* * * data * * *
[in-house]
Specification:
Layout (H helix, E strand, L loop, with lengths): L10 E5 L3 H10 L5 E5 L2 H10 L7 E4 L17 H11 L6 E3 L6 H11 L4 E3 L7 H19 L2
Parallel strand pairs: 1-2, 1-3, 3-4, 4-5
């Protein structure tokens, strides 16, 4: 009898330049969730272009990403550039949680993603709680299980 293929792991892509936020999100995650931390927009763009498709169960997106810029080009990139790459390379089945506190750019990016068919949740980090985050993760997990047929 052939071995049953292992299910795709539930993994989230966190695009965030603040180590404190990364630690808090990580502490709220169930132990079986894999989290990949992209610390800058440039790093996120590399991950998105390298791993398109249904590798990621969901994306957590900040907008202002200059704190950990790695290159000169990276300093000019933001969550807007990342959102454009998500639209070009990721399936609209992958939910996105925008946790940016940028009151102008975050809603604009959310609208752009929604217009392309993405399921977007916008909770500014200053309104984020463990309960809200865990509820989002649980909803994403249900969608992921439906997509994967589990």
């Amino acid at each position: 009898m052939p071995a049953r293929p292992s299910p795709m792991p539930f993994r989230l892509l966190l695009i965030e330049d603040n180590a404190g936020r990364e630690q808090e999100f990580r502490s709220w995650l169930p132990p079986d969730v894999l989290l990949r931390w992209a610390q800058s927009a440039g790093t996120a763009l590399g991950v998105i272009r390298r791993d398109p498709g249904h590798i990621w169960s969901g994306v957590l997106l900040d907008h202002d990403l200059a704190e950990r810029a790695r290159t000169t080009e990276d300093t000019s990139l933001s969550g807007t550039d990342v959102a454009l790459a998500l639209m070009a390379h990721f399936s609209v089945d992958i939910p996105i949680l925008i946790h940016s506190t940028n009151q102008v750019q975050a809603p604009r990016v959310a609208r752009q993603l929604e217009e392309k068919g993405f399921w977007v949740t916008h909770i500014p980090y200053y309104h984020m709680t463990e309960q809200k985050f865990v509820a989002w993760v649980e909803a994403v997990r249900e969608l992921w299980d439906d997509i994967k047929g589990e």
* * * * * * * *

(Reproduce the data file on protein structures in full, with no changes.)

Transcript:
[in-house]
Specification:
Layout (H helix, E strand, L loop, with lengths): L10 E5 L3 H10 L5 E5 L2 H10 L7 E4 L17 H11 L6 E3 L6 H11 L4 E3 L7 H19 L2
Parallel strand pairs: 1-2, 1-3, 3-4, 4-5
């Protein structure tokens, strides 16, 4: 009898330049969730272009990403550039949680993603709680299980 293929792991892509936020999100995650931390927009763009498709169960997106810029080009990139790459390379089945506190750019990016068919949740980090985050993760997990047929 052939071995049953292992299910795709539930993994989230966190695009965030603040180590404190990364630690808090990580502490709220169930132990079986894999989290990949992209610390800058440039790093996120590399991950998105390298791993398109249904590798990621969901994306957590900040907008202002200059704190950990790695290159000169990276300093000019933001969550807007990342959102454009998500639209070009990721399936609209992958939910996105925008946790940016940028009151102008975050809603604009959310609208752009929604217009392309993405399921977007916008909770500014200053309104984020463990309960809200865990509820989002649980909803994403249900969608992921439906997509994967589990």
């Amino acid at each position: 009898m052939p071995a049953r293929p292992s299910p795709m792991p539930f993994r989230l892509l966190l695009i965030e330049d603040n180590a404190g936020r990364e630690q808090e999100f990580r502490s709220w995650l169930p132990p079986d969730v894999l989290l990949r931390w992209a610390q800058s927009a440039g790093t996120a763009l590399g991950v998105i272009r390298r791993d398109p498709g249904h590798i990621w169960s969901g994306v957590l997106l900040d907008h202002d990403l200059a704190e950990r810029a790695r290159t000169t080009e990276d300093t000019s990139l933001s969550g807007t550039d990342v959102a454009l790459a998500l639209m070009a390379h990721f399936s609209v089945d992958i939910p996105i949680l925008i946790h940016s506190t940028n009151q102008v750019q975050a809603p604009r990016v959310a609208r752009q993603l929604e217009e392309k068919g993405f399921w977007v949740t916008h909770i500014p980090y200053y309104h984020m709680t463990e309960q809200k985050f865990v509820a989002w993760v649980e909803a994403v997990r249900e969608l992921w299980d439906d997509i994967k047929g589990e």